Pakistan coach Mickey Arthur 'gutted' by PSL spot-fixing mess, says players' greed hurting cricket
Pakistan's head coach Mickey Arthur Tuesday said he felt 'gutted' over a fresh alleged spot-fixing scandal that has engulfed his team, adding any players found guilty only had themselves to blame.
Karachi: Pakistan's head coach Mickey Arthur on Tuesday said he felt "gutted" over a fresh alleged spot-fixing scandal that has engulfed his team, adding any players found guilty only had themselves to blame.
The Pakistan Cricket Board (PCB) has provisionally suspended Sharjeel Khan, Khalid Latif, Mohammad Irfan, Shahzaib Hasan and Nasir Jamshed on charges linked to spot-fixing and meetings with bookmakers in the recently concluded Pakistan Super League.
Arthur, who took over as coach in May last year, said players "need to take responsibility for their actions".
He added: "Players become greedy and that's hurting international cricket in general and the recent case has hurt Pakistan."
He singled out the loss of opener Sharjeel Khan, who scored three consecutive half-centuries in the one-day series in Australia in January, as a major blow.
"He (Sharjeel) was in the team for all the formats. He had got his name on the map and he got himself fit and he was about to become an explosive player for us and it's sad."
But he added players could not plead ignorance about a failure to report approaches by would-be fixers because they had been warned repeatedly.
"All the boards including the PCB educate the players of the pitfalls," he said. "They have gotten reams and reams of lectures from the ICC (International Cricket Council) anti-corruption unit and they are doing a great job in education.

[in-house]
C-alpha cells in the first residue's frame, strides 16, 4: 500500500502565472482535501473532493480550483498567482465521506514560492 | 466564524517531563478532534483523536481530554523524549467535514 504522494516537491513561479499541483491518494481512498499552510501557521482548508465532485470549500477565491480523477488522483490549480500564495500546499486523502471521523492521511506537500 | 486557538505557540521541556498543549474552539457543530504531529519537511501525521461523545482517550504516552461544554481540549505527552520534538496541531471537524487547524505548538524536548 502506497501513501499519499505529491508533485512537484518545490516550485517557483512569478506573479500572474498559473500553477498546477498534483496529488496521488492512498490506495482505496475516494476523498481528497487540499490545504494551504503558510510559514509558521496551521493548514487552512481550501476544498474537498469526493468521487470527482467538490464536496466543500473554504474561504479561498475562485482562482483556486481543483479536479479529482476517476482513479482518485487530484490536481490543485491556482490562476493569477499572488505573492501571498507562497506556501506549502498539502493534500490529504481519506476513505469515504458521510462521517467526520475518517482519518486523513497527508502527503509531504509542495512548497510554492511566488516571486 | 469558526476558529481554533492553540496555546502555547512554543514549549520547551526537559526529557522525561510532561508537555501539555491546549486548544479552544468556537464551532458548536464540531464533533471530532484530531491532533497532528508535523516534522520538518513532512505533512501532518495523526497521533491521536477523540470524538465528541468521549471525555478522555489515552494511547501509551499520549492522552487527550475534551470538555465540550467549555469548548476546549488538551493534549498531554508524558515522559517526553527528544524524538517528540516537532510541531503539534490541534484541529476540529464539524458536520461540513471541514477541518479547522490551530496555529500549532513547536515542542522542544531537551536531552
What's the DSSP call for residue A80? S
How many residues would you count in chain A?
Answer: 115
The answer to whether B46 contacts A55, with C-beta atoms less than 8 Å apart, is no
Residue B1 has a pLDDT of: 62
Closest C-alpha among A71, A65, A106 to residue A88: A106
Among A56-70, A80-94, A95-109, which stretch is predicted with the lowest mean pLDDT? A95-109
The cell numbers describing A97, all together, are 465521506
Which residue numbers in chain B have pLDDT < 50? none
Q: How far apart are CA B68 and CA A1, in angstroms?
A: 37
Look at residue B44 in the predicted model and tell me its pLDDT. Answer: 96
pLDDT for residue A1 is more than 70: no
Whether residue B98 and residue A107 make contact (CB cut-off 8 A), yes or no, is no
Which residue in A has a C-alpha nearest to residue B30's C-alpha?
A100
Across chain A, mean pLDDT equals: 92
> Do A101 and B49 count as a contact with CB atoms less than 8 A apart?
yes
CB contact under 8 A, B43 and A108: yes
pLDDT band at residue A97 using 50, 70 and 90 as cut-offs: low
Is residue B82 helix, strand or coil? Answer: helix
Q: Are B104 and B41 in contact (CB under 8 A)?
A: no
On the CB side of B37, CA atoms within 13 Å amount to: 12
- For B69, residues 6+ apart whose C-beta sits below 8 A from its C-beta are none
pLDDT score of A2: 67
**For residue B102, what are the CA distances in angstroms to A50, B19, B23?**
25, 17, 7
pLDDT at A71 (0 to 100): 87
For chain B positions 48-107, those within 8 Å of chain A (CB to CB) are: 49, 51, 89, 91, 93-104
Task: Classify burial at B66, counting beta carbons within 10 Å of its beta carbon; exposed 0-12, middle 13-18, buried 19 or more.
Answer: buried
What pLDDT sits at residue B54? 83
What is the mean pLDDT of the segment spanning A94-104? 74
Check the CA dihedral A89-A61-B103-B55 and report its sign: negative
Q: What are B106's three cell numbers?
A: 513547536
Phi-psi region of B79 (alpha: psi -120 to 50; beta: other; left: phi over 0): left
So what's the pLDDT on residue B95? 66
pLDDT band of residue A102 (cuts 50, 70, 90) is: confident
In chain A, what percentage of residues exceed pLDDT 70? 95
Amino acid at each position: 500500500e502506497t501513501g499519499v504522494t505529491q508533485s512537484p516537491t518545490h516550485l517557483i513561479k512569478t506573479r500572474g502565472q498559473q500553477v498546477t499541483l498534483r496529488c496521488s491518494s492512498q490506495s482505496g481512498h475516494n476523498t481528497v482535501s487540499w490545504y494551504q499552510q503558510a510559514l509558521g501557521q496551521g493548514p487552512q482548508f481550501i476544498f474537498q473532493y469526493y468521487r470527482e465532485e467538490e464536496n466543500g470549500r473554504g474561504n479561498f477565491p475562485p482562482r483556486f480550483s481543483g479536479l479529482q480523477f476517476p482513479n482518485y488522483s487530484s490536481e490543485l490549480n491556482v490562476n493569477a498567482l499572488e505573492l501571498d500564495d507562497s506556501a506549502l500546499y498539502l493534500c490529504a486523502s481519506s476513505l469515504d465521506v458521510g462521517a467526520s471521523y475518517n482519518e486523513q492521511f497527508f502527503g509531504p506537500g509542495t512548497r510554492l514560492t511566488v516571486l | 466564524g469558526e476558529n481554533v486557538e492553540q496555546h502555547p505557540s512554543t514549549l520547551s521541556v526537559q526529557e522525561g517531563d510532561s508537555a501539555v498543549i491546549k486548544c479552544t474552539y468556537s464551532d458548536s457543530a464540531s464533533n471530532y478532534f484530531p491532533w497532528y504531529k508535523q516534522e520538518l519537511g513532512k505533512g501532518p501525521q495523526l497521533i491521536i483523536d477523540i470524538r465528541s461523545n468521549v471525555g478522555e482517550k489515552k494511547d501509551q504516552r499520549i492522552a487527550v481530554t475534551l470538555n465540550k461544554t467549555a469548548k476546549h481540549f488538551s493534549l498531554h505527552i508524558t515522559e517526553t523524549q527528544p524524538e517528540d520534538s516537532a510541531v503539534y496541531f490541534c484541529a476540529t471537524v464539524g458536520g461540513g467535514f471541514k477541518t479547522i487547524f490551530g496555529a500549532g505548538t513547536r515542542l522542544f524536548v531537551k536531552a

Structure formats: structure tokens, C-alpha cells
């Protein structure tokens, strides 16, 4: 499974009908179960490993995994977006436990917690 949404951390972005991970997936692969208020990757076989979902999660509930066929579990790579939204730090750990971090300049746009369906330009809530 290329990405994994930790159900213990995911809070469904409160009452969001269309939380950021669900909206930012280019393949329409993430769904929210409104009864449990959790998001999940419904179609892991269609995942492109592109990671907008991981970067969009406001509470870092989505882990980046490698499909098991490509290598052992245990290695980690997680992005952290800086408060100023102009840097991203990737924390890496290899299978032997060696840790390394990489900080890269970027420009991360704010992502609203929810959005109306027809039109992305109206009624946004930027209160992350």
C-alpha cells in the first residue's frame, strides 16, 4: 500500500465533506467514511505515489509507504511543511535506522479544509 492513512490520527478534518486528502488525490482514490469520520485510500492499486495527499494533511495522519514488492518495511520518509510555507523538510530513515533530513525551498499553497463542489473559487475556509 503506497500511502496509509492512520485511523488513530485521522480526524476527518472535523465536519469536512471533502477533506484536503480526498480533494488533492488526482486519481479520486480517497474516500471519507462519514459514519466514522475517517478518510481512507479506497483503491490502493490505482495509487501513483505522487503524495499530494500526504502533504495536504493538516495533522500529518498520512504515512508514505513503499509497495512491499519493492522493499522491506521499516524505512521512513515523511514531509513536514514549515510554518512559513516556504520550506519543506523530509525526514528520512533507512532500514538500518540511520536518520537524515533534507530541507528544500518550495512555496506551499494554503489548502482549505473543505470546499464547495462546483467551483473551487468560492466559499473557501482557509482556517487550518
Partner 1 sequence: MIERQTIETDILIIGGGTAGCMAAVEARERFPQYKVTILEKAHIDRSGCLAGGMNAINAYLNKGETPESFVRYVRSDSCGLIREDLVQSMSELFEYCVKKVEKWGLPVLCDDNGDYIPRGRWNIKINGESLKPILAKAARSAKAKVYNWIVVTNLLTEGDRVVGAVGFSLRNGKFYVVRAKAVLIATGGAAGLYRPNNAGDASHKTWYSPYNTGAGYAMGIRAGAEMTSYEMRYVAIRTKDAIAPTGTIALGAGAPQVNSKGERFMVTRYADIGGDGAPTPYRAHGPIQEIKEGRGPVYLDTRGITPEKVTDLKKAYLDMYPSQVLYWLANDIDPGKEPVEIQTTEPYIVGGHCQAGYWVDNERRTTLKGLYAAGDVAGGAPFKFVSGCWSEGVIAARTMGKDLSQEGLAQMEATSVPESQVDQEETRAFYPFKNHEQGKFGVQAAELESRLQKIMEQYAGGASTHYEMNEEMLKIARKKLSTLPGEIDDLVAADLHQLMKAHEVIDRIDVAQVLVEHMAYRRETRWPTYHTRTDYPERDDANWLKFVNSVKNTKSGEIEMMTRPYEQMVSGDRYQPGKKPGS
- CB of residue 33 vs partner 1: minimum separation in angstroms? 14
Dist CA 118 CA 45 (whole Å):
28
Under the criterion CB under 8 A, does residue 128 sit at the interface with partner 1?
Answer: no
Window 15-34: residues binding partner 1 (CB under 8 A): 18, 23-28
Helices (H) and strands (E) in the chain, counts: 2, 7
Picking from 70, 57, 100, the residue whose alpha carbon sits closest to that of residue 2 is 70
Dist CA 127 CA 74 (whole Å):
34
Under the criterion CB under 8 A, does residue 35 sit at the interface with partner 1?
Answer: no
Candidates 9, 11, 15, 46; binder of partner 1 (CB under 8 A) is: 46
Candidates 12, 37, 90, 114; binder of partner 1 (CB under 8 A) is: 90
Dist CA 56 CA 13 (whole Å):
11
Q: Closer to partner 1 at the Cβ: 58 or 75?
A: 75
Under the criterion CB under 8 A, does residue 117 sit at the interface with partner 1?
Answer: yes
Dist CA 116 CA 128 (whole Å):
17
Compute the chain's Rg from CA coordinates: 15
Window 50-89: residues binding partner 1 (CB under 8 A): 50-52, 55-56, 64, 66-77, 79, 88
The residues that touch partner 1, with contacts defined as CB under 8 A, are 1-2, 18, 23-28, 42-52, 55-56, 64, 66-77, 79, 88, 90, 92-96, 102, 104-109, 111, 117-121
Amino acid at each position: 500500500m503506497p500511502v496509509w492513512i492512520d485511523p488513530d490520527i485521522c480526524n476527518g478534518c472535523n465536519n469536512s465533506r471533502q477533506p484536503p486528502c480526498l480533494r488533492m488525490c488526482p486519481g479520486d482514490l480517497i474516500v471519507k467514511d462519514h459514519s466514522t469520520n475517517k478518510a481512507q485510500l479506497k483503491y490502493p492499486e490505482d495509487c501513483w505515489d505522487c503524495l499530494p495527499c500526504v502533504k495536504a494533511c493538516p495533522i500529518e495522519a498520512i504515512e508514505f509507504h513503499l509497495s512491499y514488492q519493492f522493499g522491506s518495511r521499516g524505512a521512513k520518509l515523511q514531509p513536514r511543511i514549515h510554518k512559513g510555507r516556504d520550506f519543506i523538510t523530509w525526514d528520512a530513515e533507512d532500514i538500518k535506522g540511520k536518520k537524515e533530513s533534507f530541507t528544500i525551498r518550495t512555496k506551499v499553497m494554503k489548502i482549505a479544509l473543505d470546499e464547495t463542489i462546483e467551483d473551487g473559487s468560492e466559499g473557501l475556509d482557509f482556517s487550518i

"There should be no complacency on the part of the players because losing players to the greed of fixing is hugely disappointing," he added.
Despite the losses of Sharjeel and Irfan, another regular in the limited overs' sides, Arthur was upbeat about the team's chances on the upcoming West Indies tour.
"I am excited to have a new captain in Sarfraz Ahmed," he said, hailing the wicket-keeper batsman who has replaced Azhar Ali, adding new players would "bring more energy".
Pakistan and the West Indies – currently eighth and ninth in the one-day rankings – are vying for a direct place in the 2019 World Cup in England.
The world's top eight teams at the time of the cut-off date of September 2017 will qualify for while the rest will feature in a qualifying event in 2018.
Chappell said T20 has an edge over the traditional format because of the short duration of time needed for the completion of a game.
Sarfaraz replaces Azam Khan, who was dropped after a review of performances in the on-going National T20 Cup. Khan was originally named in the squad of 15 announced by the selectors on 4 September.
Raja also said that a lot of work needs to be done to revitalise Pakistan-India cricket.